The film "Moonlight" is up for six Oscars. Hear from the film's writers and director, Tarrell McCraney and Barry Jenkins.
Study: Trees Continue To Grow At Constant Rate, Older Trees Better At Storing Carbon
A long-held belief about trees is apparently wrong. A new study shows tree growth rates do not slow as the tree gets older and that instead, trees continue to put on mass along with the years.
The study’s lead author Nate Stephenson, a forest ecologist with the United States Geological Survey, says if people did the same thing they would weigh well over a ton by retirement. He says the finding changes what we know about how trees store carbon, which has implications for forest management.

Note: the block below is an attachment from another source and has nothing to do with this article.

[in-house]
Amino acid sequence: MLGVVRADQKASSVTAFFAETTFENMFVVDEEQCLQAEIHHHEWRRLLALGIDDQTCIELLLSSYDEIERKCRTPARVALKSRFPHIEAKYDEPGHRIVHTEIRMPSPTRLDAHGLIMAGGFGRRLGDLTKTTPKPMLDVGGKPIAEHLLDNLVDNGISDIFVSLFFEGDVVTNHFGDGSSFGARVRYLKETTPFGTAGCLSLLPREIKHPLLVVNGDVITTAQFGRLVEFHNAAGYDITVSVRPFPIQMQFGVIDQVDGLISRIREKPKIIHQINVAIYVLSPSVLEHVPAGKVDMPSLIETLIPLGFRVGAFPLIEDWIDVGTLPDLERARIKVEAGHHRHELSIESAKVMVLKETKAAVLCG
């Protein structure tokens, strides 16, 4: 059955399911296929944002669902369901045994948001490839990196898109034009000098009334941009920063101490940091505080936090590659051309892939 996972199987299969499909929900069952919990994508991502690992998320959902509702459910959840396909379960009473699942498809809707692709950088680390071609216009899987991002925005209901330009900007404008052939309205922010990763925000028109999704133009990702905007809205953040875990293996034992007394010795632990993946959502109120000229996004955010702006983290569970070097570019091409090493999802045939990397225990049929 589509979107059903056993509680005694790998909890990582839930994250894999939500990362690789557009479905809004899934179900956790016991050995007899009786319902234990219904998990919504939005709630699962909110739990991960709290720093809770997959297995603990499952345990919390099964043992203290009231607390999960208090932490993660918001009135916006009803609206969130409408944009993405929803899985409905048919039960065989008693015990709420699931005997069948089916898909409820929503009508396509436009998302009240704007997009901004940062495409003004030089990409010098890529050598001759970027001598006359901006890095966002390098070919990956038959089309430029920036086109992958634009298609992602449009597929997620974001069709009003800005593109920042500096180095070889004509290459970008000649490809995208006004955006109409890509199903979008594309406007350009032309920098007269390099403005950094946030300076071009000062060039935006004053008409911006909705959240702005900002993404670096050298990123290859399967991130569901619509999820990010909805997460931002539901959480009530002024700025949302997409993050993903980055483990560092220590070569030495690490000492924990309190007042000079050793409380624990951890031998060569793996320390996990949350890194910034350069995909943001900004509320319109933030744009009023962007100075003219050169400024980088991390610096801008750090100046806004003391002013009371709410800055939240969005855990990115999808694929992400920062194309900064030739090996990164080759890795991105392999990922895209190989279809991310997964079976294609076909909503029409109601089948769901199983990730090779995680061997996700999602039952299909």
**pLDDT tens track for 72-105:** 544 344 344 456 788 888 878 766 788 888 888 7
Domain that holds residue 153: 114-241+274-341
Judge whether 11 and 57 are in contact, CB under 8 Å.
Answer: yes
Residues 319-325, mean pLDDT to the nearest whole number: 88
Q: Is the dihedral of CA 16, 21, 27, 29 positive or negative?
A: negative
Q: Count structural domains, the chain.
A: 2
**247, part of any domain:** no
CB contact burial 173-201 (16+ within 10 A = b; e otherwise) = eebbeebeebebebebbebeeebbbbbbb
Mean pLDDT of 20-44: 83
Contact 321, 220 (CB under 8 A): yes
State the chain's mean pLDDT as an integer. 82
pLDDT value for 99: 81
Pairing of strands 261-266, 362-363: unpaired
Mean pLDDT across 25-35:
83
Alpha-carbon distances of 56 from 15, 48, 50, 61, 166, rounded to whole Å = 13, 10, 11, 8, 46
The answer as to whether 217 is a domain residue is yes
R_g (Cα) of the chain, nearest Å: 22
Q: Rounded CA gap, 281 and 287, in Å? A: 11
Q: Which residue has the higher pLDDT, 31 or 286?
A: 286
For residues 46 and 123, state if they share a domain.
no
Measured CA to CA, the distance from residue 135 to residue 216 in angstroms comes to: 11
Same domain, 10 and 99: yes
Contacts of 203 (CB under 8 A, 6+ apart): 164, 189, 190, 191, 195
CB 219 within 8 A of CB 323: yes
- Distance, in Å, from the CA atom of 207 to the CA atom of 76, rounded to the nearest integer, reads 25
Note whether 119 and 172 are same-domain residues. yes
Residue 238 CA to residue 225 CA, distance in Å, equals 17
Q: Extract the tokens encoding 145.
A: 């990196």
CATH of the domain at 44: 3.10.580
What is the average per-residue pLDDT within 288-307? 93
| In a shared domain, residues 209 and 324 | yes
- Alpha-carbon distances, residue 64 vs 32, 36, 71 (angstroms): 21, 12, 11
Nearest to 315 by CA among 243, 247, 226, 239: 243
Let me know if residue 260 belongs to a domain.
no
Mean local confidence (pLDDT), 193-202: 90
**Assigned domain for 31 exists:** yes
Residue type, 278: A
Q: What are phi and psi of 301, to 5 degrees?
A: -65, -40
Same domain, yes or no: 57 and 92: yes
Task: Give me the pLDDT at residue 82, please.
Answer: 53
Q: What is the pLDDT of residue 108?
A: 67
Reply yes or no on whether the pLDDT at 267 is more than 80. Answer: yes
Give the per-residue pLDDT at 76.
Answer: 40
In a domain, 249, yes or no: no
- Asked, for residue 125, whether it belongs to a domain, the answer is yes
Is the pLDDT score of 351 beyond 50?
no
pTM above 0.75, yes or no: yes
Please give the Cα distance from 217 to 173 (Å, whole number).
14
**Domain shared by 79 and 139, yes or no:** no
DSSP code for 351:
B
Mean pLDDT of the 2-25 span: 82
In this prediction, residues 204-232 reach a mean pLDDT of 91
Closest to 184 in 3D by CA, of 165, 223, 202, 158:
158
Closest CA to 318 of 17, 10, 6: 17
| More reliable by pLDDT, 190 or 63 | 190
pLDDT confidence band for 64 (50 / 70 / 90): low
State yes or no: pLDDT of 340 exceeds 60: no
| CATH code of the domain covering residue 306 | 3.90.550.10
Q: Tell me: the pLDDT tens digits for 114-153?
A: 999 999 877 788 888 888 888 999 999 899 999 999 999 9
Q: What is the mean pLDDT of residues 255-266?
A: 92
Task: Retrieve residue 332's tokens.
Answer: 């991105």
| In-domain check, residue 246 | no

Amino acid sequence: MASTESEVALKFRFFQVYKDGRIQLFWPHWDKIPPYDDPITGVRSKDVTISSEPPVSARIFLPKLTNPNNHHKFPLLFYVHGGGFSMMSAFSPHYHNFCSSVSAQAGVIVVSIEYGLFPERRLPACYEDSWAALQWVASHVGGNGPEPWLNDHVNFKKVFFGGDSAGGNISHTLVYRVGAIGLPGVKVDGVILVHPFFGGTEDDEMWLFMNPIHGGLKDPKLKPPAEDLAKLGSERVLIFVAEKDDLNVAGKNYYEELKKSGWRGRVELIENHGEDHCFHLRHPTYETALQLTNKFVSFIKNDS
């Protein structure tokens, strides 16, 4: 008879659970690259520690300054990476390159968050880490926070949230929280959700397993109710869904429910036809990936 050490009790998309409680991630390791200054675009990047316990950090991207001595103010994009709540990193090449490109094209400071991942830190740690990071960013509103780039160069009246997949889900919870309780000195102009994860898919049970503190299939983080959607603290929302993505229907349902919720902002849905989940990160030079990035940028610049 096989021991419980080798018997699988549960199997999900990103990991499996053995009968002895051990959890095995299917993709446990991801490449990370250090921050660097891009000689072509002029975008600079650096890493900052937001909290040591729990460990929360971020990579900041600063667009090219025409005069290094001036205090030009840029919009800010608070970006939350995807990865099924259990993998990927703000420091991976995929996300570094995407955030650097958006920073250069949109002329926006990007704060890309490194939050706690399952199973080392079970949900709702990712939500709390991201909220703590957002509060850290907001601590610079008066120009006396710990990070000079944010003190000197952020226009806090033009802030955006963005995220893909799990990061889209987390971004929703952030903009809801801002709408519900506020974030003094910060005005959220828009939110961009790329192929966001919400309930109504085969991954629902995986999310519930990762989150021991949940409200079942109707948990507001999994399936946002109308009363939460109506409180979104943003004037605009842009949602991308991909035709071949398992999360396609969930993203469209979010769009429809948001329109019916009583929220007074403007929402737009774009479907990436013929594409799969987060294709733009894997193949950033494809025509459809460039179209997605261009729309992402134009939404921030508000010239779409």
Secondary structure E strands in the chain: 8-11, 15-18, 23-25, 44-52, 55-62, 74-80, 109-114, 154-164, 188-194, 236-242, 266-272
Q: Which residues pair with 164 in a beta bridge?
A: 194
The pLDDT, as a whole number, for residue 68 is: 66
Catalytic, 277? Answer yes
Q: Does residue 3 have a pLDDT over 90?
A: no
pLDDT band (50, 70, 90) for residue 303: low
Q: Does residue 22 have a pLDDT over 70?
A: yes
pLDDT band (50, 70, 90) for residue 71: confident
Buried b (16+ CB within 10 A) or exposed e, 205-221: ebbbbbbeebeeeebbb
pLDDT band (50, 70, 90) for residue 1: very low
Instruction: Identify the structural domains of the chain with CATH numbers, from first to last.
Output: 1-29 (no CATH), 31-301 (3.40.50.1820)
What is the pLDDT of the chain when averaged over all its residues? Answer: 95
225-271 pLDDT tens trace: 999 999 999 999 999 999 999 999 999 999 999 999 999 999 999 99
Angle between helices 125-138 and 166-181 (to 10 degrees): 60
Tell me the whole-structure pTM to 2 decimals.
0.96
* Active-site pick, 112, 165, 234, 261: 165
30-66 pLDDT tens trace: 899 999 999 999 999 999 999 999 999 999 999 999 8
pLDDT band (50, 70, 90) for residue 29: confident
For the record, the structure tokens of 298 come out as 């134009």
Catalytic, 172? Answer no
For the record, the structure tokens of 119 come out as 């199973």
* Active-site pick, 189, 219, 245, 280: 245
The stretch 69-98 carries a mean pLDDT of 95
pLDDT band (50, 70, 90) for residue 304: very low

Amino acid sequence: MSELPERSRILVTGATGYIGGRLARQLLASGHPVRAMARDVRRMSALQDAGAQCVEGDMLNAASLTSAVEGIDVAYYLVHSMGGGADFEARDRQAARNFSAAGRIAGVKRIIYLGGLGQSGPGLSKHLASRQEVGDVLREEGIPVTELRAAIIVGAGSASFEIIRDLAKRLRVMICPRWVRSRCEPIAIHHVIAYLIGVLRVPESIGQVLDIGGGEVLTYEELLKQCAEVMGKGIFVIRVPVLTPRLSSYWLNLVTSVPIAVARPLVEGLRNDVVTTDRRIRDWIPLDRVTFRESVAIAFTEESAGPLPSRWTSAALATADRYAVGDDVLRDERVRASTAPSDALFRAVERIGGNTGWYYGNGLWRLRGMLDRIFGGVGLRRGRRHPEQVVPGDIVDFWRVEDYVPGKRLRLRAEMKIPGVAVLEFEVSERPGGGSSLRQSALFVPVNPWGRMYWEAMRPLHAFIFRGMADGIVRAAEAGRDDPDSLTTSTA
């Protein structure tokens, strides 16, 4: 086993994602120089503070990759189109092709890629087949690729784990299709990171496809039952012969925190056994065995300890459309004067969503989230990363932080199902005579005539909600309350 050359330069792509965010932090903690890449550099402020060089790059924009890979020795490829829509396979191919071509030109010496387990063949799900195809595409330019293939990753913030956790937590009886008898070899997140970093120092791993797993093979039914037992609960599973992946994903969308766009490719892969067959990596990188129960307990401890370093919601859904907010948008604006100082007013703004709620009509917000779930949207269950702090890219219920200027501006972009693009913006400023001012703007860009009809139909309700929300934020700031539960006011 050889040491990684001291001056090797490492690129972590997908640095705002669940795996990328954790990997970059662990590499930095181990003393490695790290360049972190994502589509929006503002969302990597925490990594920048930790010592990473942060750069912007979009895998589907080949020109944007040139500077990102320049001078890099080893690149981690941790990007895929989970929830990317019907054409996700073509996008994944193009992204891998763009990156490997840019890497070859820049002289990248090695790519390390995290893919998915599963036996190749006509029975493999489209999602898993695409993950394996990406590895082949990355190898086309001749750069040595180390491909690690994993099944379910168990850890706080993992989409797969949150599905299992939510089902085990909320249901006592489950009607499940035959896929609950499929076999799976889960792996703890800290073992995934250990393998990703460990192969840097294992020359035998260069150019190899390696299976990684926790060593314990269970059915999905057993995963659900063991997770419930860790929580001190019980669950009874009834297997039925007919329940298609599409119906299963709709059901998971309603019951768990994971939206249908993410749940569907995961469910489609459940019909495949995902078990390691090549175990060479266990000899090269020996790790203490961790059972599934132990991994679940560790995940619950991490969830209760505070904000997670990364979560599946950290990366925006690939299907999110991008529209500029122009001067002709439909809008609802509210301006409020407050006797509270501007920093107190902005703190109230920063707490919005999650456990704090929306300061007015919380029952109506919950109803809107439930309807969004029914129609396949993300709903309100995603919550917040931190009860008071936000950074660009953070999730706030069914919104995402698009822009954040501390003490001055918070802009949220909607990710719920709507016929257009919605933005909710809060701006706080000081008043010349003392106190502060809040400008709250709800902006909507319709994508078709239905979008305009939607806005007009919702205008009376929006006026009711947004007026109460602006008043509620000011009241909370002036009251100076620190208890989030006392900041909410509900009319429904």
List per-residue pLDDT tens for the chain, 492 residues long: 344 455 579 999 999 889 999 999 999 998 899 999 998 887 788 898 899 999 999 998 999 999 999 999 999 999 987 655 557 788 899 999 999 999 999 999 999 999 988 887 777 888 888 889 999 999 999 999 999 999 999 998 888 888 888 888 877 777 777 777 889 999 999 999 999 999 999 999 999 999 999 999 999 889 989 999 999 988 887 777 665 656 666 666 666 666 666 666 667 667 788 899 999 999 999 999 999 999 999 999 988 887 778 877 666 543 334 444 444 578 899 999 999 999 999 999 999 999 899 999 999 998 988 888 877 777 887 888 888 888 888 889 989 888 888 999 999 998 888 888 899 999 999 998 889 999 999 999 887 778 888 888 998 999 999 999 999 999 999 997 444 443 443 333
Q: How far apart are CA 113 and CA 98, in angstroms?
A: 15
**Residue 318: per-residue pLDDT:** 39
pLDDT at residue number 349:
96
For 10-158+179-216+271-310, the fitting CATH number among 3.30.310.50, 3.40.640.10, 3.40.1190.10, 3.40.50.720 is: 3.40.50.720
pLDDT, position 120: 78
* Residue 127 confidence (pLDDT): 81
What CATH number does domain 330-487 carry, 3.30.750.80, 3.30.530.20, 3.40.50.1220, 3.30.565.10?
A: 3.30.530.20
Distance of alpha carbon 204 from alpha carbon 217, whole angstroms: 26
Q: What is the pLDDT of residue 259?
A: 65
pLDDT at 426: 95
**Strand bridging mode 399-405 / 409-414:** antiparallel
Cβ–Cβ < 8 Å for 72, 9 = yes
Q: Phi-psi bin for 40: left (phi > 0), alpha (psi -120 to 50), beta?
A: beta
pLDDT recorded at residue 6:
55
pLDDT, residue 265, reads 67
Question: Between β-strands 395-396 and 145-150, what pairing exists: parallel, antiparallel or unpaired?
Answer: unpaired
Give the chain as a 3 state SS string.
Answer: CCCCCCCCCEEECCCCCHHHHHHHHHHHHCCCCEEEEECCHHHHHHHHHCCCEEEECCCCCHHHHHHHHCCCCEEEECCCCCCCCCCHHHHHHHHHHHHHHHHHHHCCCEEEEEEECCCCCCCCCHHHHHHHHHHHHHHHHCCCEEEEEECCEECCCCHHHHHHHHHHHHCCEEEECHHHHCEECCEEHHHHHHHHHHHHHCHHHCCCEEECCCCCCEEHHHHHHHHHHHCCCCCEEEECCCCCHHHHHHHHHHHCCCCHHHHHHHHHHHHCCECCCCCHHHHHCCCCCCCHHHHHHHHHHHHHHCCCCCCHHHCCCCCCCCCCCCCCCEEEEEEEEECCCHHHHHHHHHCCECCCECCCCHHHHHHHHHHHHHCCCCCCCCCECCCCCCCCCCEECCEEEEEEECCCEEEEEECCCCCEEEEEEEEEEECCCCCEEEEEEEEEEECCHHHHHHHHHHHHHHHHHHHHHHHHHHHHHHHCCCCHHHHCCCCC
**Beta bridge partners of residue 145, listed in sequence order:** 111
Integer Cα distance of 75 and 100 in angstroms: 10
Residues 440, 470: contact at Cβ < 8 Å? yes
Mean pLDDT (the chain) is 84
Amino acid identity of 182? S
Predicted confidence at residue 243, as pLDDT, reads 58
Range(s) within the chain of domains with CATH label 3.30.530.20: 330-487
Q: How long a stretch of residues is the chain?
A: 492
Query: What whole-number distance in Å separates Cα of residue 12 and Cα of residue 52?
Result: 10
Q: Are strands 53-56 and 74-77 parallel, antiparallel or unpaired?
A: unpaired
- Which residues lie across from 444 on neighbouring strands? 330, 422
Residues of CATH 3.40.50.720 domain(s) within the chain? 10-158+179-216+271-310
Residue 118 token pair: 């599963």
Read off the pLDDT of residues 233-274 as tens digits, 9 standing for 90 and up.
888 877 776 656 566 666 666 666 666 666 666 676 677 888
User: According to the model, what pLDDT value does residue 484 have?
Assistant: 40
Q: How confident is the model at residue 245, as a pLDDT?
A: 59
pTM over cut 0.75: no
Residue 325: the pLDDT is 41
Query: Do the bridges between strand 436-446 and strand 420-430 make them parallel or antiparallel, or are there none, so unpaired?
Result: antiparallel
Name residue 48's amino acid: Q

"About for every pound of mass a tree puts on, it’s absorbing and sequestering about a half-pound of carbon,” Stephenson said.
He also says old, large trees are better at both storing and absorbing carbon from the atmosphere, which means the older trees are the star players in forest carbon dynamics. Forests cover about 27 percent of